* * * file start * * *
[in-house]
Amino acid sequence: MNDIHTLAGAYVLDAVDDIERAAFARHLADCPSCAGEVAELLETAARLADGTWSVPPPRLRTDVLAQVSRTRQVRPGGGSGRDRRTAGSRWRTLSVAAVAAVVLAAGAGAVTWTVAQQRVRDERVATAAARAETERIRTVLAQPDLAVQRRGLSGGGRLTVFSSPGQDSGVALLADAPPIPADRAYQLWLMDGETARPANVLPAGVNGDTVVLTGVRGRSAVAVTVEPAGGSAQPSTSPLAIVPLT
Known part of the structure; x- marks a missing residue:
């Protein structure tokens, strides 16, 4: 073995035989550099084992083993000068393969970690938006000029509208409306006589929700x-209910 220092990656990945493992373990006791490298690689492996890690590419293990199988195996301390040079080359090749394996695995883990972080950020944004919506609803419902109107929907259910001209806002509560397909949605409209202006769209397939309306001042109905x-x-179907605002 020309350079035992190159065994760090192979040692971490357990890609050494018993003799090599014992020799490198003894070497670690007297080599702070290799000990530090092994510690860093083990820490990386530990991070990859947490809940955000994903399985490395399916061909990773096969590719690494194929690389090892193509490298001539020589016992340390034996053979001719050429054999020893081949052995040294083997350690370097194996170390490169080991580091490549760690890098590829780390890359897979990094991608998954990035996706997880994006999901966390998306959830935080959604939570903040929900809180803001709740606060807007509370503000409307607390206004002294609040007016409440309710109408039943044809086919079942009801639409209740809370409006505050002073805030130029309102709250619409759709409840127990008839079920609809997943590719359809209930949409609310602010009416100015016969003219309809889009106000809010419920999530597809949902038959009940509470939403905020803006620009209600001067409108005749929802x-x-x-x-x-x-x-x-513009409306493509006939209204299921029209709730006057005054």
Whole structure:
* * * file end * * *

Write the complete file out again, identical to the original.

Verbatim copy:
[in-house]
Amino acid sequence: MNDIHTLAGAYVLDAVDDIERAAFARHLADCPSCAGEVAELLETAARLADGTWSVPPPRLRTDVLAQVSRTRQVRPGGGSGRDRRTAGSRWRTLSVAAVAAVVLAAGAGAVTWTVAQQRVRDERVATAAARAETERIRTVLAQPDLAVQRRGLSGGGRLTVFSSPGQDSGVALLADAPPIPADRAYQLWLMDGETARPANVLPAGVNGDTVVLTGVRGRSAVAVTVEPAGGSAQPSTSPLAIVPLT
Known part of the structure; x- marks a missing residue:
């Protein structure tokens, strides 16, 4: 073995035989550099084992083993000068393969970690938006000029509208409306006589929700x-209910 220092990656990945493992373990006791490298690689492996890690590419293990199988195996301390040079080359090749394996695995883990972080950020944004919506609803419902109107929907259910001209806002509560397909949605409209202006769209397939309306001042109905x-x-179907605002 020309350079035992190159065994760090192979040692971490357990890609050494018993003799090599014992020799490198003894070497670690007297080599702070290799000990530090092994510690860093083990820490990386530990991070990859947490809940955000994903399985490395399916061909990773096969590719690494194929690389090892193509490298001539020589016992340390034996053979001719050429054999020893081949052995040294083997350690370097194996170390490169080991580091490549760690890098590829780390890359897979990094991608998954990035996706997880994006999901966390998306959830935080959604939570903040929900809180803001709740606060807007509370503000409307607390206004002294609040007016409440309710109408039943044809086919079942009801639409209740809370409006505050002073805030130029309102709250619409759709409840127990008839079920609809997943590719359809209930949409609310602010009416100015016969003219309809889009106000809010419920999530597809949902038959009940509470939403905020803006620009209600001067409108005749929802x-x-x-x-x-x-x-x-513009409306493509006939209204299921029209709730006057005054």
Whole structure: